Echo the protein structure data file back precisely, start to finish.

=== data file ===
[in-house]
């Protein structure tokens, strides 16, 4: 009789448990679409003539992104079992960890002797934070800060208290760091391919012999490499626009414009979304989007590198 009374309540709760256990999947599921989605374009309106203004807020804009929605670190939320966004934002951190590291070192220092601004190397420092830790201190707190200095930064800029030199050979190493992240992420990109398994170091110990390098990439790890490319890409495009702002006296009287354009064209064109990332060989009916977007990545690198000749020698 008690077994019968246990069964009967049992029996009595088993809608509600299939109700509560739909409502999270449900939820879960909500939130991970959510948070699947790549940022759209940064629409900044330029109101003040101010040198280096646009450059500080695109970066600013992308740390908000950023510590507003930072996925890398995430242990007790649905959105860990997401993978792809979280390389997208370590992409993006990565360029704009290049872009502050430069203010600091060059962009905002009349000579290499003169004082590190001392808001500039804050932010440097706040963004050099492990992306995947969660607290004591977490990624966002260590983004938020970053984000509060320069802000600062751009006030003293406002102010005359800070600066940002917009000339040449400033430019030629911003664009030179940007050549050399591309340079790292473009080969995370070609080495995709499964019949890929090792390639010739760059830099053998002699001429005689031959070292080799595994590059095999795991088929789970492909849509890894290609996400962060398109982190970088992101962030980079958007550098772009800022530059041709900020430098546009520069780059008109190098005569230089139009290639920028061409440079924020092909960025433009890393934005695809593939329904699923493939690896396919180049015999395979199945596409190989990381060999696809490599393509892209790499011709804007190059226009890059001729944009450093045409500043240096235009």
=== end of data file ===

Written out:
[in-house]
């Protein structure tokens, strides 16, 4: 009789448990679409003539992104079992960890002797934070800060208290760091391919012999490499626009414009979304989007590198 009374309540709760256990999947599921989605374009309106203004807020804009929605670190939320966004934002951190590291070192220092601004190397420092830790201190707190200095930064800029030199050979190493992240992420990109398994170091110990390098990439790890490319890409495009702002006296009287354009064209064109990332060989009916977007990545690198000749020698 008690077994019968246990069964009967049992029996009595088993809608509600299939109700509560739909409502999270449900939820879960909500939130991970959510948070699947790549940022759209940064629409900044330029109101003040101010040198280096646009450059500080695109970066600013992308740390908000950023510590507003930072996925890398995430242990007790649905959105860990997401993978792809979280390389997208370590992409993006990565360029704009290049872009502050430069203010600091060059962009905002009349000579290499003169004082590190001392808001500039804050932010440097706040963004050099492990992306995947969660607290004591977490990624966002260590983004938020970053984000509060320069802000600062751009006030003293406002102010005359800070600066940002917009000339040449400033430019030629911003664009030179940007050549050399591309340079790292473009080969995370070609080495995709499964019949890929090792390639010739760059830099053998002699001429005689031959070292080799595994590059095999795991088929789970492909849509890894290609996400962060398109982190970088992101962030980079958007550098772009800022530059041709900020430098546009520069780059008109190098005569230089139009290639920028061409440079924020092909960025433009890393934005695809593939329904699923493939690896396919180049015999395979199945596409190989990381060999696809490599393509892209790499011709804007190059226009890059001729944009450093045409500043240096235009």